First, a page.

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PowerPoint secrets from Steve Jobs: Pictures trump words

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Avoid “death by PowerPoint” by stealing presentation tips from the famously charismatic CEO of Apple, Steve Jobs. Jobs is a gifted speaker, not necessarily because he was born with talent, but because he sticks to several strategies.

Carmine Gallo, communications coach and author of The Presentation Secrets of Steve Jobs, points out that Jobs uses presentation software as a tool to visually complement his stories.

“PowerPoint is a tool,” says Gallo. “Those who think it’s evil don’t know how to use it.”
Microsoft PowerPoint: Unleash Its Power and 'Wow' Features
For example, we know that information is more effectively delivered with pictures instead of words. So PowerPoint becomes a very effective tool for delivering new or abstract information.

Gallo explains, “When Jobs introduced the iPod in 2001, he said it would allow you to carry 1,000 songs in your pocket—the headline. And to show you just how small it was, he said, 'iPod is the size of a deck of cards.’ It’s been years since I saw that presentation but I remember what he said. Why? Because the slide showed a deck of cards. Pictures trump words.”

Remember: Less Is More

Thousands of people deliver PowerPoint presentations each day, and most could sharpen their message if the slides were less distracting. Here are some techniques and guidelines to do that:

Don't treat the slides as your script. For a 30-minute speech, aim for no more than 10 slides.

If the presentation must include a large web of information, create screens with a handful of navigation buttons that will take the speaker to different sections of material. By choosing different buttons, she can customize the presentation.

Practice restraint

Strive for no more than six lines of type on a single slide. Some presentation experts recommend 15 words or fewer per slide.

Limit not just the number of fonts in the presentation but also the type sizes. A good range: three type sizes. If you're sharing the presentation with other people, be sure to include the fonts by using the File/Save As dialog box.

Get more how-to tips with our PowerPoint training guide, written by Microsoft® Certified Trainer Melissa Esquibel. Learn more...
To keep the colors from being distracting, use only five or less per presentation.

Remember, a presentation isn't an action movie. If you're using transition effects, don't use every one available. Make them consistent.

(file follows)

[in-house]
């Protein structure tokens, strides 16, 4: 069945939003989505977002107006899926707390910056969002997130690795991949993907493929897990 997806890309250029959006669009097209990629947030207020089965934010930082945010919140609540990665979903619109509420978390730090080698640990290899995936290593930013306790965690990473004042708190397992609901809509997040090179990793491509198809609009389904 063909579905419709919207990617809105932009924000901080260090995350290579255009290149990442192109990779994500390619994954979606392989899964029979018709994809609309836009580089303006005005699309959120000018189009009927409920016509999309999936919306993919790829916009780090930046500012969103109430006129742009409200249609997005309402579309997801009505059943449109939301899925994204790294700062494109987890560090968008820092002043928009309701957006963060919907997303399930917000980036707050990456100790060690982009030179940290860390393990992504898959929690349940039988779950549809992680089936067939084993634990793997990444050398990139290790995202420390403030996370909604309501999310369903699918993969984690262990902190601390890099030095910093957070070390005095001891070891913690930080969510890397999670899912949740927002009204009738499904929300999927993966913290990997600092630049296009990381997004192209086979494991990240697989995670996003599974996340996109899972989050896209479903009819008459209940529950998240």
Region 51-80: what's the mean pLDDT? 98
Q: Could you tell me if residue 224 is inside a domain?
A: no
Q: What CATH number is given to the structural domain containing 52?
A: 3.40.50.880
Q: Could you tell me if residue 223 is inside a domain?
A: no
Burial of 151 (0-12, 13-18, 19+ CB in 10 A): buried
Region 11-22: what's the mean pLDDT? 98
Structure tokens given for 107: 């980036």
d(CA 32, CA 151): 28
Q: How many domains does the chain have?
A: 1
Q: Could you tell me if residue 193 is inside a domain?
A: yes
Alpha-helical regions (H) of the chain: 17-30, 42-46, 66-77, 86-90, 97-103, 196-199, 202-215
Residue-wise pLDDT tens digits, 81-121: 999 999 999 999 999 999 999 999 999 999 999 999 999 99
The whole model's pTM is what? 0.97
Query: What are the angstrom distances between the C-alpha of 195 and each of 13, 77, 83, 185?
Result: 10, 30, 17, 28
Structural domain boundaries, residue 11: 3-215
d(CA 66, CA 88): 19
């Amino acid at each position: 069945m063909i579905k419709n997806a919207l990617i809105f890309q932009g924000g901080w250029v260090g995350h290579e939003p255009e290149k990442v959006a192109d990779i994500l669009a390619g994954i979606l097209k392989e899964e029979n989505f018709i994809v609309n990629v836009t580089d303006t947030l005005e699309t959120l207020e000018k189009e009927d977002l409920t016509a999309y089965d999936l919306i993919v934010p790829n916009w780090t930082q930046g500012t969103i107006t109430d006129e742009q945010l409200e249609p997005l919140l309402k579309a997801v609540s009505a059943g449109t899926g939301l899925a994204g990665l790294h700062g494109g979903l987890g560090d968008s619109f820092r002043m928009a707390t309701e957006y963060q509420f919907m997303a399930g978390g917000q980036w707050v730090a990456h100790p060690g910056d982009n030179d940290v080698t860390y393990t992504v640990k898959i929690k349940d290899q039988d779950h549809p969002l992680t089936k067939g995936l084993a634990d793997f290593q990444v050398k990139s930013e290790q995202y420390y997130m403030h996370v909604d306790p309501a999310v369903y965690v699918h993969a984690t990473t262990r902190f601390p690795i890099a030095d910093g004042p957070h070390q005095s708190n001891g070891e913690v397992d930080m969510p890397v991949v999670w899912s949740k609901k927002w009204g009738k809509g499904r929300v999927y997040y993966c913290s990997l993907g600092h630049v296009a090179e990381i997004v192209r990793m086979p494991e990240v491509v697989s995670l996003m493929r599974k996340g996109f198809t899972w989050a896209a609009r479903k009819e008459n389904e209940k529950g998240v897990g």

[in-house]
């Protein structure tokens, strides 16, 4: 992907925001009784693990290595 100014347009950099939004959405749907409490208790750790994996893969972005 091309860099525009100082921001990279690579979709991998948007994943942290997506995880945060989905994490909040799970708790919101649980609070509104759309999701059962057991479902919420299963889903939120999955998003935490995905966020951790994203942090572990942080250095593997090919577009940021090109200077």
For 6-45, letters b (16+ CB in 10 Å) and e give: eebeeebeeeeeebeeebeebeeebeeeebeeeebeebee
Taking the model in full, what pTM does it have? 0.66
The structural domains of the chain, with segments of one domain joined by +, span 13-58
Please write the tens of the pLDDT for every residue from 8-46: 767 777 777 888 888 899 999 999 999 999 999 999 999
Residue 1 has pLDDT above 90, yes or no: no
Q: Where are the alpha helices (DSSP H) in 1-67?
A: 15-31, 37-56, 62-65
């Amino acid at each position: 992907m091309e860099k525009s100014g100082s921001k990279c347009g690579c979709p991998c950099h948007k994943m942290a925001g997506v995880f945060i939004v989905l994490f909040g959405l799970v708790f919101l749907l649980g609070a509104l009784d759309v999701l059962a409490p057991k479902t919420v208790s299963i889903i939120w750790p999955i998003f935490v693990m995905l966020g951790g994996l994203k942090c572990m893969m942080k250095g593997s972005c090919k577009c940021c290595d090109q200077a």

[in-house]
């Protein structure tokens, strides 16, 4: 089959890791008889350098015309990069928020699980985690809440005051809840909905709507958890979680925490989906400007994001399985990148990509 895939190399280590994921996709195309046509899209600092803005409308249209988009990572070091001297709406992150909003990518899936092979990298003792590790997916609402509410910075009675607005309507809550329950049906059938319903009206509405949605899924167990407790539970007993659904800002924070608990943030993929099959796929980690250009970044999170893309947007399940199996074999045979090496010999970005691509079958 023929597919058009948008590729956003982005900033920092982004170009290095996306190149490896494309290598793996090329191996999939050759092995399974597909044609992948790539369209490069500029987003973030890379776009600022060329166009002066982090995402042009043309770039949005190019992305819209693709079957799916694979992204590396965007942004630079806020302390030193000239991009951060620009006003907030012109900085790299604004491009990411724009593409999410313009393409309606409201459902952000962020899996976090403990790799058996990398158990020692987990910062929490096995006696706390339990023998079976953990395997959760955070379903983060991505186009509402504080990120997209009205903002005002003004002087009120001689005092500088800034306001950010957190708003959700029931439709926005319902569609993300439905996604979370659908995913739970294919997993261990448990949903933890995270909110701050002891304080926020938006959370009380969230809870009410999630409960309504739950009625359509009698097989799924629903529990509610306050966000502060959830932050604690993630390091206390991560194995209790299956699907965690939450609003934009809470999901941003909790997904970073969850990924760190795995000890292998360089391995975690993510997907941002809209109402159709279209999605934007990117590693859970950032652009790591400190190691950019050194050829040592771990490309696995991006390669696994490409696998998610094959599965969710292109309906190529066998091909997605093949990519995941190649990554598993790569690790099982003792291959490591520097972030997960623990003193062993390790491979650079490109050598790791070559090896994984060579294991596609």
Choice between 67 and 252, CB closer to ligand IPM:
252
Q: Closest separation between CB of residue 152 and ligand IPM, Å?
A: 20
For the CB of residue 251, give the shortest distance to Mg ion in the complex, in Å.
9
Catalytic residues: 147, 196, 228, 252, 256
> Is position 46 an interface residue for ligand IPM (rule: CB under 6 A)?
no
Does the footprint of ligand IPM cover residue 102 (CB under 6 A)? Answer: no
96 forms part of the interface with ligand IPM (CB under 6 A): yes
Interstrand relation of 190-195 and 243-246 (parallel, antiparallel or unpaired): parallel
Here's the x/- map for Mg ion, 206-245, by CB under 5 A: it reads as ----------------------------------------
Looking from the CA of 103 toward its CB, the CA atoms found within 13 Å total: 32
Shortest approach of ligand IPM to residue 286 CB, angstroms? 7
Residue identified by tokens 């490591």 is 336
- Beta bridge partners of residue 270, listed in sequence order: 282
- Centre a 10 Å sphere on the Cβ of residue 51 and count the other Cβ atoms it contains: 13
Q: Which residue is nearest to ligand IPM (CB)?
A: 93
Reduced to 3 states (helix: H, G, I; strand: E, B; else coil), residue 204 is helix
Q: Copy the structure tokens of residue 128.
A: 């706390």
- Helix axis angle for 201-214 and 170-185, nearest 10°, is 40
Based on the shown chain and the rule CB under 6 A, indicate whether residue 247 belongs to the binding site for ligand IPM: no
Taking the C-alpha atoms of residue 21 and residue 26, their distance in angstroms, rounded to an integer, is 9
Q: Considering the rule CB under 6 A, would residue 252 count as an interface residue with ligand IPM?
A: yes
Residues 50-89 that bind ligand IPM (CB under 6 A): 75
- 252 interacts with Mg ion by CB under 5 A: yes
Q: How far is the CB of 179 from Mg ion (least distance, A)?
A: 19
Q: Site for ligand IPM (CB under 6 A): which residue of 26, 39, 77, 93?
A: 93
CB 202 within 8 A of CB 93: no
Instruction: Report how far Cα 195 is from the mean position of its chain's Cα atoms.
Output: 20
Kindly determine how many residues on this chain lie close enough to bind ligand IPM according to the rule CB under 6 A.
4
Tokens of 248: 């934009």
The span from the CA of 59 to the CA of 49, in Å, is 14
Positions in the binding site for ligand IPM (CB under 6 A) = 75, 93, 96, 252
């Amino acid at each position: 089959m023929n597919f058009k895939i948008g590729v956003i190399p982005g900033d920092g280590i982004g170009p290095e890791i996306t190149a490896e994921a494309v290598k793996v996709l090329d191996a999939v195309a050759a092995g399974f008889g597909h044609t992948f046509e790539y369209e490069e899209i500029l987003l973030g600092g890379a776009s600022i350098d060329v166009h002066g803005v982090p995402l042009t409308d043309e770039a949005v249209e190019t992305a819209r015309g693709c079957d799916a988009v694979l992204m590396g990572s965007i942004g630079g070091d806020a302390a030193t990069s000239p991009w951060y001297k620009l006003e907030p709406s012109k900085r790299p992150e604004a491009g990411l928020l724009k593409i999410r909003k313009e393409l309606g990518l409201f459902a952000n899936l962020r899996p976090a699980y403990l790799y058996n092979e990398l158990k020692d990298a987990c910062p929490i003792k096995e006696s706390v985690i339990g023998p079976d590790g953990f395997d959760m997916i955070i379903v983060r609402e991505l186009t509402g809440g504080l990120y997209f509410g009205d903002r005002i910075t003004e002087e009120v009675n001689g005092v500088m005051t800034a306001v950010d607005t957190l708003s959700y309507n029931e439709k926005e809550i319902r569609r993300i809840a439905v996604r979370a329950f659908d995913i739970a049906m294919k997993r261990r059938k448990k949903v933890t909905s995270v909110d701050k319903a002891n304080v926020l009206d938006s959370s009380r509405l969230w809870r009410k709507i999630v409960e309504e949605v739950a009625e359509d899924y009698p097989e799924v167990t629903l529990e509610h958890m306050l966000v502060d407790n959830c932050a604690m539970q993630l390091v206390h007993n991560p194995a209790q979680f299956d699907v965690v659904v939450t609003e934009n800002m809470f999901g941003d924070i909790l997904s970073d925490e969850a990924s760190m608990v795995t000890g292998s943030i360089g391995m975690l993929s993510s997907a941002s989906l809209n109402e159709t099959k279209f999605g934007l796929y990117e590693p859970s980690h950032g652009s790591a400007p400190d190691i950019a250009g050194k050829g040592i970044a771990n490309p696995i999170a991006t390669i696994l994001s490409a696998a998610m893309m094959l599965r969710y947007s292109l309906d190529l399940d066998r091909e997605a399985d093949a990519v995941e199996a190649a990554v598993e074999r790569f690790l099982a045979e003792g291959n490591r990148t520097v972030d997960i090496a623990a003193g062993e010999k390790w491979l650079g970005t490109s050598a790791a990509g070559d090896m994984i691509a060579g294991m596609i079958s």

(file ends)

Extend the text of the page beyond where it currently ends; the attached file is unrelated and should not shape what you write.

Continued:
One of the most effective techniques can be a "subliminal message." Under Animation Effects, choose "flash once."

To keep the file size down:
  • Don't use a higher resolution than you need. For a Windows screen, that's about 96 dpi. If you're printing the slides, you'll want at least 150 dpi, though.
  • Choose a smaller file format for graphics, such as JPEG rather than TIFF.
  • Ungroup and regroup objects such as graphics and embedded spreadsheets.
  • Don't allow Fast Saves, which can inflate the file size.
Other time-saving PowerPoint keystrokes:
  • [Number] Enter = takes you directly to that slide number.
  • B or Period = takes you to a black screen. Hit it again to resume
  • W or Comma = takes you to a white screen. Hit it again to resume.
Filled with colorful screenshots to help you see what you're doing, Microsoft PowerPoint: Unleash Its Power and 'Wow' Features allows you to learn at your own pace, and on your own schedule.

Teaching points include:
    book cover
  • Starting out in Word: You’ll learn how to start your PowerPoint project by creating an outline in Word. The Executive Summary contains tips for both Word 2003 and Word 2007.

  • Design and formatting: Melissa will show you how to quickly apply designs and formatting to create the look and feel you’d like for your presentation. If you begin your presentation in Word, you will be able to stay flexible with regard to design and formatting.

  • The magic of picture graphics and animation: Once your presentation is built, you’ll explore how to add and manipulate pictures and other graphic elements, and then how to apply animation.

 

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